A retail store employee has the mixed blessing and curse of excitedly anticipating the birth of her second child, while simultaneously fearing the loss of her job due her employer’s policies. Rather than allow the employee to continue working with a “light duty” restriction, the employer forced her onto maternity leave, scheduled to run out more than a month before the baby is due. As a result of the employer’s refusal to provide the employee with a reasonable accommodation of her pregnancy-related disability, the employee has sued her employer for violating the Fair Employment and Housing Act in Santa Clara County Superior Court.
Kimberley Caselman was a Pier 1 sales associate in San Jose who was two months pregnant in November 2013. At that time, the employee disclosed her pregnancy, and informed her employer that her doctor recommended that she refrain from climbing ladders or lifting objects heavier than 15 pounds. Pier 1 placed her on “light duty” work for eight weeks.
At the end of that period, Caselman asked to continue working under the “light duty” limitation. The employer refused, instead forcing the employer to go on unpaid medical leave, starting in January and ending on May 20. The employee stated in her complaint that, if she cannot return to work on May 20, she expects Pier 1 will fire her, or else keep her on unpaid leave (which would leave her without the post-leave job protection afforded under California’s Pregnancy Disability Leave law).
Caselman’s baby is due in early July.
California employees have a degree of advantage over employees in other states because of the FEHA. The FEHA requires employers, if presented with an employee who is disabled as a result of her pregnancy, childbirth or related condition, to provide that employee with a reasonable accommodation, if the employee requests the accommodation and is acting under the advice of medical provider.
As a result of the employer’s abject refusal to accommodate Caselman, she sued Pier 1. In her class action, Caselman alleged that her was not a unique case but, rather, Pier 1 treated all pregnant employees likewise: namely, giving them up to eight weeks of light duty work, followed by the forcing those employees onto unpaid leave without engaging in any sort of interactive process. Caselman asserted that she and similarly situated pregnant Pier 1 employees were illegally placed on leave. She wanted to continue working and asked to continue working, subject to the reasonable accommodation she had received during the previous eight weeks. By unilaterally refusing all requests for accommodations after eight weeks, without providing any type of interactive process, the employer violated the FEHA’s prohibition against discrimination based upon a pregnancy-related disability.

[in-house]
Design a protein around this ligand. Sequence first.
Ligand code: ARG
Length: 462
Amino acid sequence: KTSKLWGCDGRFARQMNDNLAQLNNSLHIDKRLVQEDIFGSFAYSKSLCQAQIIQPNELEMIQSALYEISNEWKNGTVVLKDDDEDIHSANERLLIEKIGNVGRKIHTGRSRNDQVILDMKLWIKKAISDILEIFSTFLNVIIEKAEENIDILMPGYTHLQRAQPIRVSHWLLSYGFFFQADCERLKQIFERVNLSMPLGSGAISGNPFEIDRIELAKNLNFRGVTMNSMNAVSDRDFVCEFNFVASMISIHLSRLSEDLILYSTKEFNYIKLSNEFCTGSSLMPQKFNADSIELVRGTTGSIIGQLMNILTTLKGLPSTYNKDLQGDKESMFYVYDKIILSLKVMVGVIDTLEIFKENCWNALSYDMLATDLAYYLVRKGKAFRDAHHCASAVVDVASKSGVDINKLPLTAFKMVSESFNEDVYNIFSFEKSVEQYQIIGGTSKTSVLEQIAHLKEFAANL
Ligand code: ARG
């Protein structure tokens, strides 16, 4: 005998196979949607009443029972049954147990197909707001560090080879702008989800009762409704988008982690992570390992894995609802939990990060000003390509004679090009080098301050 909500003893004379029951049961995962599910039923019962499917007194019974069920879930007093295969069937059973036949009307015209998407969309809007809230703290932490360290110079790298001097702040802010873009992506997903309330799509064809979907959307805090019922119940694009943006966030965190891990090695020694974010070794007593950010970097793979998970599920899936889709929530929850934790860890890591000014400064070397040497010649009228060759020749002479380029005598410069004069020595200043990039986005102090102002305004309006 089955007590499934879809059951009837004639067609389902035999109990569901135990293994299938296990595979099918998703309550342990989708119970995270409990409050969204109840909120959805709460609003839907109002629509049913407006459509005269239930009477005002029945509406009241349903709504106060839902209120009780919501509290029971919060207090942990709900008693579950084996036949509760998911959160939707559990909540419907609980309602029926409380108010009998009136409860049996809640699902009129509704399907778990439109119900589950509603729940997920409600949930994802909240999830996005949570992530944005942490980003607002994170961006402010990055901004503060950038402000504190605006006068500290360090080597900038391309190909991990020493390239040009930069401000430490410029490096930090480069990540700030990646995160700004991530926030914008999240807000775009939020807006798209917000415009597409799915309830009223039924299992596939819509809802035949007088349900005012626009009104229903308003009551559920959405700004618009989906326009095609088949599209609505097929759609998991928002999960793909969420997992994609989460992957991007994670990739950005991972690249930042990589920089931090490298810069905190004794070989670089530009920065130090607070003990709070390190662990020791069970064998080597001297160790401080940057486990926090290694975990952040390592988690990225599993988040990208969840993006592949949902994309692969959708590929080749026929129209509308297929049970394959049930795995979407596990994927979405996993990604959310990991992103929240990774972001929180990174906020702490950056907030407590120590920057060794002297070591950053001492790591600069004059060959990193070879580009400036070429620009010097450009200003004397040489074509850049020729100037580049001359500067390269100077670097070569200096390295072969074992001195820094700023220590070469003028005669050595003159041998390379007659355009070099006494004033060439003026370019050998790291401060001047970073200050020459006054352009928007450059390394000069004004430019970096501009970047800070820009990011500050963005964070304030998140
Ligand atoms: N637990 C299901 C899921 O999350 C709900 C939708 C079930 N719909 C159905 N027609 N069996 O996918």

Employers bear clear obligations in California to refrain from discriminating against employees with disabilities, including temporary disabilities brought on by pregnancy or childbirth. If your employer has discriminated against you based upon your pregnancy or pregnancy-related disability, contact the Oakland employment attorneys at the Law Offices of Stephen M. Fuerch. Our employment attorneys can provide you with sound advice and zealous representation in seeking to protect your right to continue working while pregnant. Contact us through our website or call our office at (925) 463-1073 to schedule your confidential initial consultation today.
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